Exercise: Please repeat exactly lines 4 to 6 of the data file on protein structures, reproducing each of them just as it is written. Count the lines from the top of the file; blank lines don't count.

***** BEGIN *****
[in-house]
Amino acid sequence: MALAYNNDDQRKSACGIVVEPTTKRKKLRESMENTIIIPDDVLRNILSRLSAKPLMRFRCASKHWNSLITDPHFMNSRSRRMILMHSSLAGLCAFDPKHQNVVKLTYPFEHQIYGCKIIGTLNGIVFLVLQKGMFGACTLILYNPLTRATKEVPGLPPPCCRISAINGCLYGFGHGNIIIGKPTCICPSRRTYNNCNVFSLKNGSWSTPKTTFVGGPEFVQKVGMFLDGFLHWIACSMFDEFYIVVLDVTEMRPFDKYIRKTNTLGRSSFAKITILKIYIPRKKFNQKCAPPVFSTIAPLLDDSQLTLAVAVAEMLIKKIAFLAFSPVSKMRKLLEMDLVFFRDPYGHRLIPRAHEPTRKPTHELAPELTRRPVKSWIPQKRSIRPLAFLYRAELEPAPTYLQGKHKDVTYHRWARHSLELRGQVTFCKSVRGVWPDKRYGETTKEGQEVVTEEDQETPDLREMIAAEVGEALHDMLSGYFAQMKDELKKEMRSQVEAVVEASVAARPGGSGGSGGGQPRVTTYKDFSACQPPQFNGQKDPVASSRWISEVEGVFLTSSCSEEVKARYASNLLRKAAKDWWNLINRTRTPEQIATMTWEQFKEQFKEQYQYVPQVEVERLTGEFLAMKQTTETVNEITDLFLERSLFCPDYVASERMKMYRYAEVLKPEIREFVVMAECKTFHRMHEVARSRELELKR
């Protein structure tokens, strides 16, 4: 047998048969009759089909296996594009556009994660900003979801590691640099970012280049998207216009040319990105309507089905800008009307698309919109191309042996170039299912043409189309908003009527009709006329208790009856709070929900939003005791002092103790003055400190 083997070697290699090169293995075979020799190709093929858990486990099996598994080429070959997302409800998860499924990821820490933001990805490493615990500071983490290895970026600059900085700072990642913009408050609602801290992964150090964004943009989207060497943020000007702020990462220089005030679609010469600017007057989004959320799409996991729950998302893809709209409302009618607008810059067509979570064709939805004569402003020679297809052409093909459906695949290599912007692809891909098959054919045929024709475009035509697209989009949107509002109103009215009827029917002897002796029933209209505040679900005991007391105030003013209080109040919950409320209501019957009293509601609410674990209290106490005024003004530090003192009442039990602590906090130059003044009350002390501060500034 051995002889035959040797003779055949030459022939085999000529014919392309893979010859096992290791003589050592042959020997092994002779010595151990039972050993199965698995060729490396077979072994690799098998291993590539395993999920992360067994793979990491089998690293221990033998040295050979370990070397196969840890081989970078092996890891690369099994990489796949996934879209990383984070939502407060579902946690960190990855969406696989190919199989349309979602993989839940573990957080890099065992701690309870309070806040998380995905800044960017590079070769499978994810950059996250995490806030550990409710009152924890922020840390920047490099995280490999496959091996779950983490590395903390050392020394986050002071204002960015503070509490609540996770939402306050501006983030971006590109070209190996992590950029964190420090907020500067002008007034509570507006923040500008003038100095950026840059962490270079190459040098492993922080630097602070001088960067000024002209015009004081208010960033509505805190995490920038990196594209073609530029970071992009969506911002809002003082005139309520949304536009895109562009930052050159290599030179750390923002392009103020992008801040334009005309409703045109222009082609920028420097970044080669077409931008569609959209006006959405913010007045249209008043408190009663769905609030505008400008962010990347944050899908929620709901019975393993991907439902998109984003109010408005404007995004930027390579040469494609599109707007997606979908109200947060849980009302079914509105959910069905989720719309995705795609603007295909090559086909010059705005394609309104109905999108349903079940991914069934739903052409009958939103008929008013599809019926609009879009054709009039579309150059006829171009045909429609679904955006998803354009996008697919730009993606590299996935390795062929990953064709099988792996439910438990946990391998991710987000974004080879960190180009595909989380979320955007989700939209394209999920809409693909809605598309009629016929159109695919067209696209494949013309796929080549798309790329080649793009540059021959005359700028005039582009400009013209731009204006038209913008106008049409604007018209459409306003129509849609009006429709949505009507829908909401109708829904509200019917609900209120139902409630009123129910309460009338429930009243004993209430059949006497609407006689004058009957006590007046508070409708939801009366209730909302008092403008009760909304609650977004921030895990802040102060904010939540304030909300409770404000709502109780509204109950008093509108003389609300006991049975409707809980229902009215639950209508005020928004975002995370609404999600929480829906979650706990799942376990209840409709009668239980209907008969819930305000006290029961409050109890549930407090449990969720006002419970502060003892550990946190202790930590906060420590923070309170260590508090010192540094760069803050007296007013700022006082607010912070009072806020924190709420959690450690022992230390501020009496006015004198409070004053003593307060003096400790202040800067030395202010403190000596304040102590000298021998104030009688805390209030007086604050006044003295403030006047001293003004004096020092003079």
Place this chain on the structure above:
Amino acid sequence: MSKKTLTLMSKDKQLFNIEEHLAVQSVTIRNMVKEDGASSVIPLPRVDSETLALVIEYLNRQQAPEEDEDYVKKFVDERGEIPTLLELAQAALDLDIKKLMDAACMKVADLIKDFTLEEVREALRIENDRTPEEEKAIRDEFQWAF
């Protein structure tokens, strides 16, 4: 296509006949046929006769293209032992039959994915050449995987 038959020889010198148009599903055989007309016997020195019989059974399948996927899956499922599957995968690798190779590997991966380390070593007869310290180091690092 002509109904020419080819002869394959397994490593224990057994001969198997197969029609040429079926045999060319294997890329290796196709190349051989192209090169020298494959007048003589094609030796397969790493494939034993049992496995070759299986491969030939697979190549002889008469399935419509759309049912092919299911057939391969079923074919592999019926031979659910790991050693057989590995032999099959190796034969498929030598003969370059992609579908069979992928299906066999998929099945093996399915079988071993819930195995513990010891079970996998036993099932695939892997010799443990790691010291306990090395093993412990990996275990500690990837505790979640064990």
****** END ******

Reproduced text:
Place this chain on the structure above:
Amino acid sequence: MSKKTLTLMSKDKQLFNIEEHLAVQSVTIRNMVKEDGASSVIPLPRVDSETLALVIEYLNRQQAPEEDEDYVKKFVDERGEIPTLLELAQAALDLDIKKLMDAACMKVADLIKDFTLEEVREALRIENDRTPEEEKAIRDEFQWAF
């Protein structure tokens, strides 16, 4: 296509006949046929006769293209032992039959994915050449995987 038959020889010198148009599903055989007309016997020195019989059974399948996927899956499922599957995968690798190779590997991966380390070593007869310290180091690092 002509109904020419080819002869394959397994490593224990057994001969198997197969029609040429079926045999060319294997890329290796196709190349051989192209090169020298494959007048003589094609030796397969790493494939034993049992496995070759299986491969030939697979190549002889008469399935419509759309049912092919299911057939391969079923074919592999019926031979659910790991050693057989590995032999099959190796034969498929030598003969370059992609579908069979992928299906066999998929099945093996399915079988071993819930195995513990010891079970996998036993099932695939892997010799443990790691010291306990090395093993412990990996275990500690990837505790979640064990």